By “Jay Rollins”
Denis “Piggy” D’Amour (Never Forgotten R.I.P)
Michel “Away” Langevin / Denis “Snake” Bélanger / Dan “Chewy” Mongrain / Dominique “Rocky” Laroche
Isolation as a facilitator for inspiration has produced some exceptional art. Perhaps the Canadian wilderness was the underlying factor in Voivods distinctive sound. Each album is curated around an evolving wave of heavy progressive energy. Lyrically, Denis “Snake” Bélanger explores dystopian worlds which reflect our own societal shortcomings. The Original guitarist Denis “Piggy” D’Amour has been credited with being the visionary behind the music by blending his taste for progressive music with the raw vigor of bands like Venom and Slayer. Piggy was a vital part of the Voivod life force whose untimely death in 2005, at the age of 45, left a void in the group. With 12 full length albums produced in just over two decades there was no possibility Piggy would ever be replaced; however, by the age of 45 Piggy had already influenced a new generation of young musicians with his unique style.
Once the band had a proper mourning period they realized that they owed it to themselves and Piggy’s legacy to continue on with the vision for which he had laid the foundation. Presently founding members Snake and Michel “Away” Langevin, mastermind behind the visual artwork since Voivods inception, are creating new music as they tour around the world with two new members in tow. Dan “Chewy” Mongrain grew up going to Voivod shows and had attributed his passion for the guitar to Piggy, so it was natural for the young musician to step up to the role in the band he already knew intimately. Chewy and his brother had co-founded the successful touring band Martyr, thereby demonstrating his tenacity and talent well before being asked to join. When the opportunity arose to bring in his long-time friend Dominique “Rocky” Laroche to solidify the quartet a new era of Voivod was incited. The recent EP Post Society embodies everything fans have come to expect. An intriguing, heavy, cohesive release polished with sci-fi luster. The new blood in the band is not only keeping up with the veterans but also reenergizing the spirit of music.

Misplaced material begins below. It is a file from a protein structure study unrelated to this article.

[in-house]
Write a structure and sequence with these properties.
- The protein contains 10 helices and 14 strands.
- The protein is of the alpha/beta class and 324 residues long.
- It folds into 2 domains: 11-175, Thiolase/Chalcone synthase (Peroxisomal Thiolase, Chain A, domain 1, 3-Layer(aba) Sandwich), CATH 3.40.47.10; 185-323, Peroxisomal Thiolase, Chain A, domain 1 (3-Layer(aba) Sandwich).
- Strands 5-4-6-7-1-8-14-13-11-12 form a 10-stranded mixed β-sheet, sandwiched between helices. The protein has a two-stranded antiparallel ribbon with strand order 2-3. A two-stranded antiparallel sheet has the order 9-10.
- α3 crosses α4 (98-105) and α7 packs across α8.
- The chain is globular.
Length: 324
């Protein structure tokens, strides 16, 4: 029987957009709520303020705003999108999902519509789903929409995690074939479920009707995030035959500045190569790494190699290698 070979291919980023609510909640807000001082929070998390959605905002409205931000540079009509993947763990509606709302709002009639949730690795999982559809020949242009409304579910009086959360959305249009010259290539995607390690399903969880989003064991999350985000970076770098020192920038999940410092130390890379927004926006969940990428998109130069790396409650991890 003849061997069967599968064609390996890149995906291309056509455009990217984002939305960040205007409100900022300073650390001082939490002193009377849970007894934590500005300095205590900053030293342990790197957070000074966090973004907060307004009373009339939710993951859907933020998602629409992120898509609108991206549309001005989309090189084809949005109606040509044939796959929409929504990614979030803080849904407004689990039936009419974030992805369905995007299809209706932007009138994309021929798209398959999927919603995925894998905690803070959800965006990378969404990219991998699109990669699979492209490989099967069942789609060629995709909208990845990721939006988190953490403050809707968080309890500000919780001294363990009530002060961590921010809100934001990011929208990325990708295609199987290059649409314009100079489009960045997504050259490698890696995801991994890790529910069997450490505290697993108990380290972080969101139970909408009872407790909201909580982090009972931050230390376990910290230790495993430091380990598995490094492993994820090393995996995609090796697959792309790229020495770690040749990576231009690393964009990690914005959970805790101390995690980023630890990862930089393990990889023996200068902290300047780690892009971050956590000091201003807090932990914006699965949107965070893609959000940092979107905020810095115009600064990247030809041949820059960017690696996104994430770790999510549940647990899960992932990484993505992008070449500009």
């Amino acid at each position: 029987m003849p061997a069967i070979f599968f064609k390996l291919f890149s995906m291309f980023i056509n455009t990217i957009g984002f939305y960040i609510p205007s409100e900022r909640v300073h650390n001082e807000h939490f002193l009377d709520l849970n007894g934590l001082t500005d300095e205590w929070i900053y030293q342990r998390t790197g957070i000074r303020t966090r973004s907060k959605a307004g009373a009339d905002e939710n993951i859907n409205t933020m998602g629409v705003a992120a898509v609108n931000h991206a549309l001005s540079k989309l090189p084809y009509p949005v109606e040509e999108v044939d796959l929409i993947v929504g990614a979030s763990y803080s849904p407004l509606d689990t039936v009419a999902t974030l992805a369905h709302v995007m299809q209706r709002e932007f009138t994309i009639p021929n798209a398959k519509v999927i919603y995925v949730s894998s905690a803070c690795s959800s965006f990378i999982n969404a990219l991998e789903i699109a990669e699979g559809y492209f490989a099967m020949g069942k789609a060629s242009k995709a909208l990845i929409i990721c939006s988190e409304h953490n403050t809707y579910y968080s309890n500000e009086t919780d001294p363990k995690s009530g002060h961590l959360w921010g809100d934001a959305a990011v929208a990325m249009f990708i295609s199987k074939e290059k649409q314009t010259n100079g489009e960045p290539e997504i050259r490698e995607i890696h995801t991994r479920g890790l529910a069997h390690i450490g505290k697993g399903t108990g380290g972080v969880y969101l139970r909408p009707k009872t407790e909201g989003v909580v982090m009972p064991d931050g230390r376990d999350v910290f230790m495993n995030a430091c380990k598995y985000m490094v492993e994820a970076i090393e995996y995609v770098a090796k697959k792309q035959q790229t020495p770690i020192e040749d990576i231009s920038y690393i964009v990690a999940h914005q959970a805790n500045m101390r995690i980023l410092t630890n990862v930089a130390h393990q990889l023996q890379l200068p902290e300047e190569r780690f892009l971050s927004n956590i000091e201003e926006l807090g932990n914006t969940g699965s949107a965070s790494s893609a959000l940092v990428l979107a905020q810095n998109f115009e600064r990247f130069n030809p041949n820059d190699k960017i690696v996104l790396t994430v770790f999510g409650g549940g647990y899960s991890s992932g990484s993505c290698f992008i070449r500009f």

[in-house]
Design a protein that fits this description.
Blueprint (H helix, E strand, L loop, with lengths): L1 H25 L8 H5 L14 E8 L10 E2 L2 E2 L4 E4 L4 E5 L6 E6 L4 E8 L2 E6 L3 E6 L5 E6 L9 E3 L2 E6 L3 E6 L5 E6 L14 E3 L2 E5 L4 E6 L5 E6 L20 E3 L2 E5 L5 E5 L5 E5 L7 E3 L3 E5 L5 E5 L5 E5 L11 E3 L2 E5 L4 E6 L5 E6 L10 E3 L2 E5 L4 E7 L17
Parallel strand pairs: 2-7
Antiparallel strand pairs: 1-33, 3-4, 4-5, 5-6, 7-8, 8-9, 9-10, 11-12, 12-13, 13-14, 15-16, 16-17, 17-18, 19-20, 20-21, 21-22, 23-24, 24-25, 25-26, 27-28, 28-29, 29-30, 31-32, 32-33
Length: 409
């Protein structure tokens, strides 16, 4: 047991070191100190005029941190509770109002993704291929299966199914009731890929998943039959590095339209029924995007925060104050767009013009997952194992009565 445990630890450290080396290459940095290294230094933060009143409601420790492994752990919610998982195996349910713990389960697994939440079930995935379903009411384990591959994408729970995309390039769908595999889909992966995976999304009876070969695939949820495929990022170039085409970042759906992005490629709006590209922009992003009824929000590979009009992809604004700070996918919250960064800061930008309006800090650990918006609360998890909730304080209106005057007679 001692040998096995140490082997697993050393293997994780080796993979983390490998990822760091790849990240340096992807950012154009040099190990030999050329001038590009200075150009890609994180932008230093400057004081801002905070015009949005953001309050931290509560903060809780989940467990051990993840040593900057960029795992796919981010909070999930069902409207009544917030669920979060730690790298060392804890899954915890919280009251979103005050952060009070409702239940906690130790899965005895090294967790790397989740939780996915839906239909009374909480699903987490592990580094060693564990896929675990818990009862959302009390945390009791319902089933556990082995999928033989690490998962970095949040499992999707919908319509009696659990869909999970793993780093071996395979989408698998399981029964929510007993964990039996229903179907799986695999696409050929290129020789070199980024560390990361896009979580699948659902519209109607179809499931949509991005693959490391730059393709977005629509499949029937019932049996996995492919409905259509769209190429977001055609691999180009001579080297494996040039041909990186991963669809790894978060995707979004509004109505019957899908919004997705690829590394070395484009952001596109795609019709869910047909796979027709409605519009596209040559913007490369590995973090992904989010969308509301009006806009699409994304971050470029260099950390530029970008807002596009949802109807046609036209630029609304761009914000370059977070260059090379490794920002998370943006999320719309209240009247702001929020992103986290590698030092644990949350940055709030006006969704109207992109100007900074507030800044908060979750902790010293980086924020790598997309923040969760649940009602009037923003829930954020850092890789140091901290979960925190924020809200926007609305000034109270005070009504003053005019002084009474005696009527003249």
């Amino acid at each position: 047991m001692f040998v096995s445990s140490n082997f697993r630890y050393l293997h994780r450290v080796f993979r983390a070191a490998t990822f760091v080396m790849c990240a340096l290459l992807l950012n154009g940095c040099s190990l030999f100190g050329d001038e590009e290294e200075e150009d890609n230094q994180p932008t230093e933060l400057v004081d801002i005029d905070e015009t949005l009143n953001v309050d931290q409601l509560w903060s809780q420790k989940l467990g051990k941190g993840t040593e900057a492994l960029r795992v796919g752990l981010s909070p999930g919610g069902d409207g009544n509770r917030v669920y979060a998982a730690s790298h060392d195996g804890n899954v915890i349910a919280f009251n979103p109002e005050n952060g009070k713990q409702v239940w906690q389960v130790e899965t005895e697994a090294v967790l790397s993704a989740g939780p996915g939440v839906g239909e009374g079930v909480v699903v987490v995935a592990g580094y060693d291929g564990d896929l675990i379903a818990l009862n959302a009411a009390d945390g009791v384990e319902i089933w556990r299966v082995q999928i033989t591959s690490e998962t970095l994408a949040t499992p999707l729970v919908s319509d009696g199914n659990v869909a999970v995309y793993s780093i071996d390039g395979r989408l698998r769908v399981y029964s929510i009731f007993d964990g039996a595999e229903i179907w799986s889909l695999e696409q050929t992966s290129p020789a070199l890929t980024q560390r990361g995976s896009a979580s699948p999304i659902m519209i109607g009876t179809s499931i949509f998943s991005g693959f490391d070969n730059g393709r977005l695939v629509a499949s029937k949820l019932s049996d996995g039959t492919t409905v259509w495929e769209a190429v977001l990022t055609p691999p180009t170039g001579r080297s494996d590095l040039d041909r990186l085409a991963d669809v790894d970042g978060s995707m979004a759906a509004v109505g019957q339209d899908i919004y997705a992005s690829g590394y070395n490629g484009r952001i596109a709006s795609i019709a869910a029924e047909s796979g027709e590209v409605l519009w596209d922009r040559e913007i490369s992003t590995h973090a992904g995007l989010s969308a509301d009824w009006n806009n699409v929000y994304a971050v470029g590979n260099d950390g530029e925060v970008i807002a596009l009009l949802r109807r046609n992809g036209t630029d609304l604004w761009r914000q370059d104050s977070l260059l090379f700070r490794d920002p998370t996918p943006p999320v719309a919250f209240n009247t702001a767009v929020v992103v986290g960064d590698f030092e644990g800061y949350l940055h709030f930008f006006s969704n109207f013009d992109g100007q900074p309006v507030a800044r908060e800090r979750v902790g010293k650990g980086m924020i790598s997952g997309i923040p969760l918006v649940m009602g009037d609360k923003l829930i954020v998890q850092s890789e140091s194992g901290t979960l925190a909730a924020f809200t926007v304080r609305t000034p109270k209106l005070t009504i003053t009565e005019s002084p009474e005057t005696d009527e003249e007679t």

We had the chance to catch up with Snake and Voivods recent stop in St. John’s Newfoundland. My throat is still sore from yelling as I edit this a week later. Glad I spoke to him before the gig!
Metalheads Forever is here with Canadian metal legends Voivod before their first show ever in St. John’s Newfoundland. Thank you for doing the show we are proud to have you guys.
True Pioneers in metal, Voivod hit the scene in 198 introducing an intense style of progressive metal that had not yet been presented to the world. 1984 may not have brought an Orwellian dystopia but it did capture the raw innovation of Voivod on your debut album War and Pain, forever solidifying your place in the metal canon. Goin’ way back, what first drew you to playing heavier music?
I guess it’s a combination of things. When we started up the band we wanted to be, you know, the most horrific thing on earth, ha ha. We were listening to bands that were coming out back in the day, Slayer and Venom, and we grew up with Motorhead and stuff, and Iron Maiden, and all these bands, but we were living far out of everything so it was really demanding for us. Just to pick up albums we were hitchhiking to go to Quebec City, to the main center, to get new albums. So it was like a natural thing for us to go heavy. We wanted to create our own style as well. We were from Jonquière, Saguenay–Lac-Saint-Jean, we were not speaking English and so it started out with a different kind of blend. Also our guitar player Piggy was a little bit older than us and he grew up with progressive music. So we wanted to be heavy, but also sort of progressive. As we went on, we did War and Pain which was really heavy, and then Rrröööaaarrr was the thrash album, and then Killing Technology was more complex, you know complex structures and stuff like that. It started like, we wanted to be heavy but we wanted to be creative, and that goes with the imagery too, the sci-fi thing goin’ on. So, I guess it has always been a work in progress, in development. Still today, I mean we’re now working on a new album and we’re trying to figure out what it’s going to be like and that’s the fun part of it I guess, to be having our own style, and not trying to catch the wave of anything.
Being from Jonquière Quebec, 5 hrs away from Montreal, arguably Canada’s heavy metal capital. What bands did you get to see live when you were growing up and what stage shows influenced you?
When we started up the band, there were not so many bands that were going to Jonquière, but there was a few, like Anvil. Anvil was one of the only bands that was crossing that long forest road.
They just made the long trek here a couple months ago and had a wonderful show.